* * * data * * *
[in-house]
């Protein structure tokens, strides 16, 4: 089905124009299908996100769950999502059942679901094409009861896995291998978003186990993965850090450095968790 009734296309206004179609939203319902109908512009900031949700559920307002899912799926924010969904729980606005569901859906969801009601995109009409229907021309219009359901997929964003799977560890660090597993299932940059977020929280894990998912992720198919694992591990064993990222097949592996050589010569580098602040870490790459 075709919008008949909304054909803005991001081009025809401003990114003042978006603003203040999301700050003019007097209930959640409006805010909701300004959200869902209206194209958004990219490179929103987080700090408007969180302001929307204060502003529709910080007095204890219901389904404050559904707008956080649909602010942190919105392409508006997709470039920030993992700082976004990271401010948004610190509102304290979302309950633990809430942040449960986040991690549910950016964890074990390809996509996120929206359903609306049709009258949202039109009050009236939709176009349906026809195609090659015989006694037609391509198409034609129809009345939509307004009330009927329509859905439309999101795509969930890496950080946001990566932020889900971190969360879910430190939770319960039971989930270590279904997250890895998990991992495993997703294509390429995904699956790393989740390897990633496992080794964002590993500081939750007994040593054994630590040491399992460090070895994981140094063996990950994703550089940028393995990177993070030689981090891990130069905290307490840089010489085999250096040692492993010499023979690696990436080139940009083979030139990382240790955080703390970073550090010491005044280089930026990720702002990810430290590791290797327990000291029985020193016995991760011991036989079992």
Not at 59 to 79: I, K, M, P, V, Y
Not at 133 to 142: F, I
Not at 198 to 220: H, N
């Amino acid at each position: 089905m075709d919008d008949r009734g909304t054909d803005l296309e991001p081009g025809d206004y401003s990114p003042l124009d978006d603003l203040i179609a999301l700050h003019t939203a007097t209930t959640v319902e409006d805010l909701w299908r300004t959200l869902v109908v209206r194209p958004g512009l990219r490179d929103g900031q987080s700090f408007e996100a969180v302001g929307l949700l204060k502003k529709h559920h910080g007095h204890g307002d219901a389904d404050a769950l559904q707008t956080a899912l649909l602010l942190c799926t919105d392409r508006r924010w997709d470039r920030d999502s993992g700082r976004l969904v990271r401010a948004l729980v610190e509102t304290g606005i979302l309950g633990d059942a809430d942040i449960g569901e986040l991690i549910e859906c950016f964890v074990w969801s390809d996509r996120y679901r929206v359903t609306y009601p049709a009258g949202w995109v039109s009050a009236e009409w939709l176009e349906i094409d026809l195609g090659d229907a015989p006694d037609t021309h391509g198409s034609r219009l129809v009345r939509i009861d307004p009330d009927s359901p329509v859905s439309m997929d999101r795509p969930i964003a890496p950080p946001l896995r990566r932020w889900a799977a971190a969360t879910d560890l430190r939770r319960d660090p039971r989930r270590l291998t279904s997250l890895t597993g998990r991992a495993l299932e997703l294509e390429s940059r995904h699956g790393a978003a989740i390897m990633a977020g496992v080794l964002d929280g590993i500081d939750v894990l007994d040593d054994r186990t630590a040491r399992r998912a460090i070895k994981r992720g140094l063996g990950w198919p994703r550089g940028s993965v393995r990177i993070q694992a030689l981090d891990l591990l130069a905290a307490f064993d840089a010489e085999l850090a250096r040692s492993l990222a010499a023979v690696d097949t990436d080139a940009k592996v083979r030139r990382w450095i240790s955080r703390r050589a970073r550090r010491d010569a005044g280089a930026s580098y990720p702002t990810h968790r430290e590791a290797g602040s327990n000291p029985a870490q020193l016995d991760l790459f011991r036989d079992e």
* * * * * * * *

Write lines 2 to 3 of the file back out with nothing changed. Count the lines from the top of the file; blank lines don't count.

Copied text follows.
């Protein structure tokens, strides 16, 4: 089905124009299908996100769950999502059942679901094409009861896995291998978003186990993965850090450095968790 009734296309206004179609939203319902109908512009900031949700559920307002899912799926924010969904729980606005569901859906969801009601995109009409229907021309219009359901997929964003799977560890660090597993299932940059977020929280894990998912992720198919694992591990064993990222097949592996050589010569580098602040870490790459 075709919008008949909304054909803005991001081009025809401003990114003042978006603003203040999301700050003019007097209930959640409006805010909701300004959200869902209206194209958004990219490179929103987080700090408007969180302001929307204060502003529709910080007095204890219901389904404050559904707008956080649909602010942190919105392409508006997709470039920030993992700082976004990271401010948004610190509102304290979302309950633990809430942040449960986040991690549910950016964890074990390809996509996120929206359903609306049709009258949202039109009050009236939709176009349906026809195609090659015989006694037609391509198409034609129809009345939509307004009330009927329509859905439309999101795509969930890496950080946001990566932020889900971190969360879910430190939770319960039971989930270590279904997250890895998990991992495993997703294509390429995904699956790393989740390897990633496992080794964002590993500081939750007994040593054994630590040491399992460090070895994981140094063996990950994703550089940028393995990177993070030689981090891990130069905290307490840089010489085999250096040692492993010499023979690696990436080139940009083979030139990382240790955080703390970073550090010491005044280089930026990720702002990810430290590791290797327990000291029985020193016995991760011991036989079992």
Not at 59 to 79: I, K, M, P, V, Y